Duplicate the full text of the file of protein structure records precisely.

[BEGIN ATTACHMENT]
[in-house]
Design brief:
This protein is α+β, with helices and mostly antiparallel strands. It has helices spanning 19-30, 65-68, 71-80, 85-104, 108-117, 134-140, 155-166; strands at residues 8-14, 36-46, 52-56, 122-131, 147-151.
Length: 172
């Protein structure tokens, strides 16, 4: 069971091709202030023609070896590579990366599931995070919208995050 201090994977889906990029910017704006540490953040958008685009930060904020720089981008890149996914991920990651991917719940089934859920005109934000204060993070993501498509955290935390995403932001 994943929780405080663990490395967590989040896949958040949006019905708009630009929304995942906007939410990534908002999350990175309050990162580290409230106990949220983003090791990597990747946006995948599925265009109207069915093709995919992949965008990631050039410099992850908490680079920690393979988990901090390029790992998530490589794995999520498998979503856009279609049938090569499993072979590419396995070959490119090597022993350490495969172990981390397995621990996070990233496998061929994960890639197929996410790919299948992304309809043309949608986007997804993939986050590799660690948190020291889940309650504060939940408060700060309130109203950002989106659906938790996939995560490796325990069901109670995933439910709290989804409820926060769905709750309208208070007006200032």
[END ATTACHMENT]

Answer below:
[in-house]
Design brief:
This protein is α+β, with helices and mostly antiparallel strands. It has helices spanning 19-30, 65-68, 71-80, 85-104, 108-117, 134-140, 155-166; strands at residues 8-14, 36-46, 52-56, 122-131, 147-151.
Length: 172
């Protein structure tokens, strides 16, 4: 069971091709202030023609070896590579990366599931995070919208995050 201090994977889906990029910017704006540490953040958008685009930060904020720089981008890149996914991920990651991917719940089934859920005109934000204060993070993501498509955290935390995403932001 994943929780405080663990490395967590989040896949958040949006019905708009630009929304995942906007939410990534908002999350990175309050990162580290409230106990949220983003090791990597990747946006995948599925265009109207069915093709995919992949965008990631050039410099992850908490680079920690393979988990901090390029790992998530490589794995999520498998979503856009279609049938090569499993072979590419396995070959490119090597022993350490495969172990981390397995621990996070990233496998061929994960890639197929996410790919299948992304309809043309949608986007997804993939986050590799660690948190020291889940309650504060939940408060700060309130109203950002989106659906938790996939995560490796325990069901109670995933439910709290989804409820926060769905709750309208208070007006200032």